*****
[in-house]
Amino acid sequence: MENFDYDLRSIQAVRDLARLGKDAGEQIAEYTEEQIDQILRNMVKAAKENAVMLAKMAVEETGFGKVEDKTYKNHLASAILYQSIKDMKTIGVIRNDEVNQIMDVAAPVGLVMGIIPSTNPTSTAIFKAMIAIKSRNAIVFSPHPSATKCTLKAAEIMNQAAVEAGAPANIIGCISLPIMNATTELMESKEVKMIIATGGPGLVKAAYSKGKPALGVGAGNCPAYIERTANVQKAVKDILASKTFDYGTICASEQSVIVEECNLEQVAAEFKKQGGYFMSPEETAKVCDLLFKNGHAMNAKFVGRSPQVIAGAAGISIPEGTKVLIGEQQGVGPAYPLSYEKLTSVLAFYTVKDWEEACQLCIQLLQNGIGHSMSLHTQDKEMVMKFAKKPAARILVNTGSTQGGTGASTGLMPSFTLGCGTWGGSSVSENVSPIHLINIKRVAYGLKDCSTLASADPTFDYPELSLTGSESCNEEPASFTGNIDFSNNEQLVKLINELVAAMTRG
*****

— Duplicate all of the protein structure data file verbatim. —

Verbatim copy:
[in-house]
Amino acid sequence: MENFDYDLRSIQAVRDLARLGKDAGEQIAEYTEEQIDQILRNMVKAAKENAVMLAKMAVEETGFGKVEDKTYKNHLASAILYQSIKDMKTIGVIRNDEVNQIMDVAAPVGLVMGIIPSTNPTSTAIFKAMIAIKSRNAIVFSPHPSATKCTLKAAEIMNQAAVEAGAPANIIGCISLPIMNATTELMESKEVKMIIATGGPGLVKAAYSKGKPALGVGAGNCPAYIERTANVQKAVKDILASKTFDYGTICASEQSVIVEECNLEQVAAEFKKQGGYFMSPEETAKVCDLLFKNGHAMNAKFVGRSPQVIAGAAGISIPEGTKVLIGEQQGVGPAYPLSYEKLTSVLAFYTVKDWEEACQLCIQLLQNGIGHSMSLHTQDKEMVMKFAKKPAARILVNTGSTQGGTGASTGLMPSFTLGCGTWGGSSVSENVSPIHLINIKRVAYGLKDCSTLASADPTFDYPELSLTGSESCNEEPASFTGNIDFSNNEQLVKLINELVAAMTRG